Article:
Go to Content Go to Navigation Go to Navigation Go to Site Search Homepage
Blue background with text: "BREAKING NEWS"

St. Paul, MN— Today, the Supreme Court announced it will review Mississippi’s 15-week abortion ban, a direct challenge to Roe v. Wade and nearly 50 years of precedent since that landmark decision. This is the first direct challenge to Roe v. Wade the court will hear since Justice Amy Coney Barrett’s confirmation. The case, brought by the Center for Reproductive Rights on behalf of Jackson Women’s Health Organization — the last abortion provider in Mississippi — challenges a blatantly unconstitutional ban on abortion after 15 weeks of pregnancy. The Mississippi law is currently blocked, with both a federal district court and the 5th Circuit Court of Appeals recognizing it is unconstitutional. The Court is expected to rule on this case in 2022.

Below is a statement from Sarah Stoesz, President and CEO of Planned Parenthood North Central States:

“No one is free unless they control their own body. Abortion is a safe medical procedure that is essential health care. As the Supreme Court takes up a case on abortion rights and access, we must remember we all deserve the opportunity to control our lives at the most basic level: our bodies, our families, and our life’s path, including whether and when to become a parent.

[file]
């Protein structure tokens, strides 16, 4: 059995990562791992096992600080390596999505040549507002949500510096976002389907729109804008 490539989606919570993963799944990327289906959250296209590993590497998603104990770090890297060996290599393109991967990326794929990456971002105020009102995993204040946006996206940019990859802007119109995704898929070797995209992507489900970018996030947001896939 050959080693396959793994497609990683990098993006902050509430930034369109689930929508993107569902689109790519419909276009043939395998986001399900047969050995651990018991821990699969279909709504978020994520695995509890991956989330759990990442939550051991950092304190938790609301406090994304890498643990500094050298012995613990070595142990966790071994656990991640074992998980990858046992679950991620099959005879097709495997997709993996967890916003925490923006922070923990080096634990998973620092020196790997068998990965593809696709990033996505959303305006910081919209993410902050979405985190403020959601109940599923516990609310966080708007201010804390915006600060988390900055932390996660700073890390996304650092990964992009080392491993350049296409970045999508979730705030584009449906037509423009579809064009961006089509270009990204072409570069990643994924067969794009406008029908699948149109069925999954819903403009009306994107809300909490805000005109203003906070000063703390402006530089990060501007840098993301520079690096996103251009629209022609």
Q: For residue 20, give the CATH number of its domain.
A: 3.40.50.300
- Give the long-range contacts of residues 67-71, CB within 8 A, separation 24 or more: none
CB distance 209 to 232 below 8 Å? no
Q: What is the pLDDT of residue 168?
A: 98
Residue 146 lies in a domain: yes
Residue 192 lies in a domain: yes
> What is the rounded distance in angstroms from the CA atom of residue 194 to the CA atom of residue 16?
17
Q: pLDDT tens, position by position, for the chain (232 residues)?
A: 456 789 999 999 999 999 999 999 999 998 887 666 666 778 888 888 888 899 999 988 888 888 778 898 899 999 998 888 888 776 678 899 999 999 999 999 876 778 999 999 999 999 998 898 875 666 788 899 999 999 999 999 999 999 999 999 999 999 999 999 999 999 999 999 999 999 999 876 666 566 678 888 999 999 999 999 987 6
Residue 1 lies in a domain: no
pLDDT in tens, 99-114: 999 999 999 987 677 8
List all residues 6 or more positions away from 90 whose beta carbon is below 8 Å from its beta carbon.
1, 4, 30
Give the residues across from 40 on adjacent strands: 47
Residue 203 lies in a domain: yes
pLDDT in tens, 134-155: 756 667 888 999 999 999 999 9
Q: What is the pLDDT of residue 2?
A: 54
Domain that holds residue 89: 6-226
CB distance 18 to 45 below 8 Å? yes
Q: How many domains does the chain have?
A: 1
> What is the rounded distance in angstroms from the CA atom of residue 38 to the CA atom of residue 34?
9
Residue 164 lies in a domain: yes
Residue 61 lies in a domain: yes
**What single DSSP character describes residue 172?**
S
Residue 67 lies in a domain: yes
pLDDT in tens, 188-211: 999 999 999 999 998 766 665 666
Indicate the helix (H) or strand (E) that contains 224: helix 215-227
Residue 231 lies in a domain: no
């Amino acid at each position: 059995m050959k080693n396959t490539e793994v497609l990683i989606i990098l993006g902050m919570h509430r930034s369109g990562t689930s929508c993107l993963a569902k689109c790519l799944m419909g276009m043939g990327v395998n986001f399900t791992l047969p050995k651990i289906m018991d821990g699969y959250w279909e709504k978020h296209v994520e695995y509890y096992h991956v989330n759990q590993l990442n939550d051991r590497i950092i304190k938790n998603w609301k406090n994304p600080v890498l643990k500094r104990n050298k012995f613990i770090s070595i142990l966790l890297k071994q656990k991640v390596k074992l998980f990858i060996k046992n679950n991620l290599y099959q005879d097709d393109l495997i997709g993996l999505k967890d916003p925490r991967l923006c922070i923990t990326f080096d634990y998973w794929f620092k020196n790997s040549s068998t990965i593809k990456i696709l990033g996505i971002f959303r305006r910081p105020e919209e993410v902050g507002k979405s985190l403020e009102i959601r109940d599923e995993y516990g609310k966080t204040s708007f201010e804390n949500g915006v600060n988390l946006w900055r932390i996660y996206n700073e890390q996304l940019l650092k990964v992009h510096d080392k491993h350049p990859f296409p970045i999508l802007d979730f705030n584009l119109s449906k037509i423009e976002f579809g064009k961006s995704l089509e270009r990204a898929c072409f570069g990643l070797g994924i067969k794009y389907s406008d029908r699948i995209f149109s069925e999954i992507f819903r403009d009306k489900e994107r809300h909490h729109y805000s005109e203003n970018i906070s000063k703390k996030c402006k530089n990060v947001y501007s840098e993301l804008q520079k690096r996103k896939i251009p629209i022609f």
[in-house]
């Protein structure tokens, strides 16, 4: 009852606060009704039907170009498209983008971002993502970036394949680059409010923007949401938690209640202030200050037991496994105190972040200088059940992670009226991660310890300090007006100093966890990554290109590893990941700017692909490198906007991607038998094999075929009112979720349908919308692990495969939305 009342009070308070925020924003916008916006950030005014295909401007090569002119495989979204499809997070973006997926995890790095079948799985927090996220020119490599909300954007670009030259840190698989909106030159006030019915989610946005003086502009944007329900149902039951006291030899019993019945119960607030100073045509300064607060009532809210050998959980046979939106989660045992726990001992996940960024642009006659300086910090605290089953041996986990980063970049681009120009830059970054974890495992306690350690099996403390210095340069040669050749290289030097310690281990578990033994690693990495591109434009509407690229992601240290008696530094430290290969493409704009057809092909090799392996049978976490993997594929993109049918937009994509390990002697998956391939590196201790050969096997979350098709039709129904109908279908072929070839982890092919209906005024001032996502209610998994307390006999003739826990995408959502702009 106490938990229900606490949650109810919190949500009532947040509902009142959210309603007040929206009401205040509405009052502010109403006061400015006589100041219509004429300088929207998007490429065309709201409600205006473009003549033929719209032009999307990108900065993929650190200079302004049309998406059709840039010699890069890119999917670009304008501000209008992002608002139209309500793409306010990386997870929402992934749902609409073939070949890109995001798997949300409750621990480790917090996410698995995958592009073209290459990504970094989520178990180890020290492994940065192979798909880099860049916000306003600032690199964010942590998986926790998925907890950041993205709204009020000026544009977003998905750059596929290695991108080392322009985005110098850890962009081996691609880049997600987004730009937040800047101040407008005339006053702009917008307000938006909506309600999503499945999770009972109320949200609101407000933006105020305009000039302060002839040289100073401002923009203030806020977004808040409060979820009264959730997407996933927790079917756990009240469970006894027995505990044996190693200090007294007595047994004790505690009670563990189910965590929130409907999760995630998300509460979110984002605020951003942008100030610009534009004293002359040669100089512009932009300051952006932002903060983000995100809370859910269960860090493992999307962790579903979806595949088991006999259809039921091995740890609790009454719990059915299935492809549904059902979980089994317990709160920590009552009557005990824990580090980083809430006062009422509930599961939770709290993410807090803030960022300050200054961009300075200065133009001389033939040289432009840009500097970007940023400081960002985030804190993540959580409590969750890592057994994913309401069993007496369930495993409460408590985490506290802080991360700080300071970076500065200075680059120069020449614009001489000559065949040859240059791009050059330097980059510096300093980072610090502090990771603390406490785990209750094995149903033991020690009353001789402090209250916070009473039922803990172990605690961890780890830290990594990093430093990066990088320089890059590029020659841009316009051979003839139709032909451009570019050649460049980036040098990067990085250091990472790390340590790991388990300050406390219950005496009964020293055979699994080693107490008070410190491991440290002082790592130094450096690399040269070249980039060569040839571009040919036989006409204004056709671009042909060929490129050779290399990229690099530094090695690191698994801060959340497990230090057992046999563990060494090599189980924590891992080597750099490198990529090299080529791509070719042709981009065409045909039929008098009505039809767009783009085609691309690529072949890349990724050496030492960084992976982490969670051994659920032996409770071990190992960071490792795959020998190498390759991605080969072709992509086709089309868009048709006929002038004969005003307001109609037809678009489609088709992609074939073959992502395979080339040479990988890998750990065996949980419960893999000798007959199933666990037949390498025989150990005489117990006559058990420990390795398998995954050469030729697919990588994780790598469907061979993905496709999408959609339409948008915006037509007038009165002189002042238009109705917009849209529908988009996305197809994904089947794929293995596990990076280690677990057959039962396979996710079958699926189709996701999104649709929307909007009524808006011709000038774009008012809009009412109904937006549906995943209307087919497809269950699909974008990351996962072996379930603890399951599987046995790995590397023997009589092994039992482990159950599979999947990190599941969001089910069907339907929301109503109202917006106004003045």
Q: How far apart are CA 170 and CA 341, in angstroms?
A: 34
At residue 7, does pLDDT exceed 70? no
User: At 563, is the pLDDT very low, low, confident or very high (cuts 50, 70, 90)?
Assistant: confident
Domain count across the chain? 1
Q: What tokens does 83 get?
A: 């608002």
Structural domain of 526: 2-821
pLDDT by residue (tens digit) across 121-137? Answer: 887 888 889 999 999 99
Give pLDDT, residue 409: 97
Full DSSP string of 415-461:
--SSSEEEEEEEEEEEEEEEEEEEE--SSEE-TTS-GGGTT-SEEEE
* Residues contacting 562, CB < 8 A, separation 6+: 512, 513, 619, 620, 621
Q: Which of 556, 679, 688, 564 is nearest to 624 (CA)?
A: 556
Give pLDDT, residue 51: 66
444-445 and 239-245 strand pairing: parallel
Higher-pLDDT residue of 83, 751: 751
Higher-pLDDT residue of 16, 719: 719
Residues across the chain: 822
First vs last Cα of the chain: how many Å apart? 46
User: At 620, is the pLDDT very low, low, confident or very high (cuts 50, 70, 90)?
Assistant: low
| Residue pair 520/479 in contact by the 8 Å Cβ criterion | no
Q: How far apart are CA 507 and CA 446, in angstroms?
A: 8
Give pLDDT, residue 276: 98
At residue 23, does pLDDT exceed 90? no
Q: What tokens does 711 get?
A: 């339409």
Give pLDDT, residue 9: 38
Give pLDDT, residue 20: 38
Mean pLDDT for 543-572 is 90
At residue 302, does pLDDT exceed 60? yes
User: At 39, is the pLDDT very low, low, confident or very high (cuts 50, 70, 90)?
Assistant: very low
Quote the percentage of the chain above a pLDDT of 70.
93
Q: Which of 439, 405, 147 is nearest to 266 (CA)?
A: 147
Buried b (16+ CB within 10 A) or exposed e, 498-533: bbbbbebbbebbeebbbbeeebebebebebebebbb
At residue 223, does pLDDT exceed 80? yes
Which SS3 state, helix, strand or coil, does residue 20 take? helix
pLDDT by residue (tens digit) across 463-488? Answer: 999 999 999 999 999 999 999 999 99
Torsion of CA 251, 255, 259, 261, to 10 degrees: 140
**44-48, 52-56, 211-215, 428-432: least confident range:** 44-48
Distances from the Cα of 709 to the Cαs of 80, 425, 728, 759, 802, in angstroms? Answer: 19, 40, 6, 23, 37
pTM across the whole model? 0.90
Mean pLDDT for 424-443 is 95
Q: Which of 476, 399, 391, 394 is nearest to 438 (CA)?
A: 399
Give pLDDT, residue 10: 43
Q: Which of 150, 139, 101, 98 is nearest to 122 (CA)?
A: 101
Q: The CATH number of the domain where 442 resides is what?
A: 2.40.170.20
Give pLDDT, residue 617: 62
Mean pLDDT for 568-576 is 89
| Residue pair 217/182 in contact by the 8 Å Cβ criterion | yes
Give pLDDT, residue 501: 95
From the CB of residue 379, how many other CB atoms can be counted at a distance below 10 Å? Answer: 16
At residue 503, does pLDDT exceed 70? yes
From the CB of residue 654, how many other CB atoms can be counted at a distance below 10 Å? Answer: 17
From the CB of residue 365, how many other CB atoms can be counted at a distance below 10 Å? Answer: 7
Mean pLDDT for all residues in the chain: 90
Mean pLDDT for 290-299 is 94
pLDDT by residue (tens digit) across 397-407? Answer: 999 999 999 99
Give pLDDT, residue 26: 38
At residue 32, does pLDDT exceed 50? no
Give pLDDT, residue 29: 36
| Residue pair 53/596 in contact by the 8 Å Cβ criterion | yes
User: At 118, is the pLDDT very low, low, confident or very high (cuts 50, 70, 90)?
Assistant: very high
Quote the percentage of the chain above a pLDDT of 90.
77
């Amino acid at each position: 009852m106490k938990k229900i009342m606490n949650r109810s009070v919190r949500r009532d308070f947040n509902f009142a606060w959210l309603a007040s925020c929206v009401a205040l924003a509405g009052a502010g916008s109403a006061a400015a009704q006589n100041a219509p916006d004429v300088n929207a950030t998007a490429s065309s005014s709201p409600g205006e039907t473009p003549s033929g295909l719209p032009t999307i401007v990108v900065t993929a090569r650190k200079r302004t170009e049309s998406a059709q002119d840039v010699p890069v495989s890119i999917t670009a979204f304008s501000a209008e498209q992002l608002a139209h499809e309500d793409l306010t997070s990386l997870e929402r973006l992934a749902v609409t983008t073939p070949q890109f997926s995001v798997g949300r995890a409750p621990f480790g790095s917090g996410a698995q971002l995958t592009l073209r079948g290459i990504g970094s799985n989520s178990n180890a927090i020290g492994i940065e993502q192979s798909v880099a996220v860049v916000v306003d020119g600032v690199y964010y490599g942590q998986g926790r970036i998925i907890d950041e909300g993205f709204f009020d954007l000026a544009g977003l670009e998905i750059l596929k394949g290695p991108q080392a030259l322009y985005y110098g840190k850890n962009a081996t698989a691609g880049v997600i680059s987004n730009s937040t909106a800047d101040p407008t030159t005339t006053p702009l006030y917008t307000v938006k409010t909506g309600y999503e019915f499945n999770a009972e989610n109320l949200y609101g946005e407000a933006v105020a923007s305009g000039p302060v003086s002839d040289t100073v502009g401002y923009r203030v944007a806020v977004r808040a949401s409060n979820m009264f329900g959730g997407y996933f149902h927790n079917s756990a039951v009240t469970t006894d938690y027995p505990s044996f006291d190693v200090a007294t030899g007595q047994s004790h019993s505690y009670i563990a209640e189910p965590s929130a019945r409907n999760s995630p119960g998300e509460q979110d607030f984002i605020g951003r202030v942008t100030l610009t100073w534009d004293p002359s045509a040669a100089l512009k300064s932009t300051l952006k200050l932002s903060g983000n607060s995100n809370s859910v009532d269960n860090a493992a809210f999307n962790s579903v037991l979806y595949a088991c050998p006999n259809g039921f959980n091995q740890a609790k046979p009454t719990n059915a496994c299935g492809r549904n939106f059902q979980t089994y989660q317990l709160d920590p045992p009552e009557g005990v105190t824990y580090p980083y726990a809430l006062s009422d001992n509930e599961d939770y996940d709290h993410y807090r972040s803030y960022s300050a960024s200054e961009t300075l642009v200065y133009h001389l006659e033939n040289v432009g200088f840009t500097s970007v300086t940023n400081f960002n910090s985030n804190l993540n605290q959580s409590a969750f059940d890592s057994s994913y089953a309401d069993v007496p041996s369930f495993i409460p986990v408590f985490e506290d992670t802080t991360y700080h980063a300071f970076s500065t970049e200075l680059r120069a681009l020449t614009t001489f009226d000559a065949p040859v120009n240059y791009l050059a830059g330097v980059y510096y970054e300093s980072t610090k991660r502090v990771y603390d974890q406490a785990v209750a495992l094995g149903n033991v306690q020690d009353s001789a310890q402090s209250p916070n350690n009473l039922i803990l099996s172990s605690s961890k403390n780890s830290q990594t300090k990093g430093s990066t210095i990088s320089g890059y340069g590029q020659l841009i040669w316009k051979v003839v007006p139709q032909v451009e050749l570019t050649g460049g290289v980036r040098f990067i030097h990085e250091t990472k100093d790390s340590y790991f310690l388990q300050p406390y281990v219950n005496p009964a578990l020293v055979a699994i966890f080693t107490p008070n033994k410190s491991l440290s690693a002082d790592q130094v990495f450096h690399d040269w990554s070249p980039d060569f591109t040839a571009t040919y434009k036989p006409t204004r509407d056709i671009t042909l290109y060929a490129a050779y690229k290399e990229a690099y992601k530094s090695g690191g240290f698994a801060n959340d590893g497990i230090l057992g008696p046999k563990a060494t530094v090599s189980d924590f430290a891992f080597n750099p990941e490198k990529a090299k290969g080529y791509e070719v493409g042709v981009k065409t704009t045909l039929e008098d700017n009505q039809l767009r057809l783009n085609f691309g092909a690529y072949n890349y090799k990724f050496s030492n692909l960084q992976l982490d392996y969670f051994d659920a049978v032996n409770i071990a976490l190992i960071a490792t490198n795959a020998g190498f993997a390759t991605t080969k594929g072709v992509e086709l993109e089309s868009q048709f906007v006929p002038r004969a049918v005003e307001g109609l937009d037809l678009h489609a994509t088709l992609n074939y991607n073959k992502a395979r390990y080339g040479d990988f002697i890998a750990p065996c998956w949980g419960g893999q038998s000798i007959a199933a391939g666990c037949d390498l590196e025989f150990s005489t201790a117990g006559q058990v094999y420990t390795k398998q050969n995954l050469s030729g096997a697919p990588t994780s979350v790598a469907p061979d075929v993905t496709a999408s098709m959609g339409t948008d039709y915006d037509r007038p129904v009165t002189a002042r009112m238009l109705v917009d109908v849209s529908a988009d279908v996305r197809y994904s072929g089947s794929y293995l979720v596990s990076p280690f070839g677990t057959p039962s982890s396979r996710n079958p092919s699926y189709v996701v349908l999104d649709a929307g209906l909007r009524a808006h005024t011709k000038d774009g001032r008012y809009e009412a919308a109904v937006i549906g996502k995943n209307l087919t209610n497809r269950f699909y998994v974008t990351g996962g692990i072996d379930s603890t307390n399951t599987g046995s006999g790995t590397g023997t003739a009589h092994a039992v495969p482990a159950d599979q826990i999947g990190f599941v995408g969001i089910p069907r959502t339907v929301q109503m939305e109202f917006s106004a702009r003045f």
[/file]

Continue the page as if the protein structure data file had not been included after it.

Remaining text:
Americans overwhelmingly support a woman’s right to access safe and legal abortion and do not want to see this right taken away.

While we wait for the Court to hear the case, our doors are open. Abortion remains safe and legal today, and our health centers are open and providing abortion care across our region.”

Planned Parenthood North Central States and its subsidiary organizations provide, promote, and protect reproductive and sexual health through high quality care, education and advocacy. A member of America’s most trusted reproductive health care provider, our affiliate is proud to support and operate 30 health centers across our five-state region (Iowa, Minnesota, Nebraska, North Dakota and South Dakota).  Each year, we provide health care to nearly 115,000 people and health education to more than 55,000 people in our region.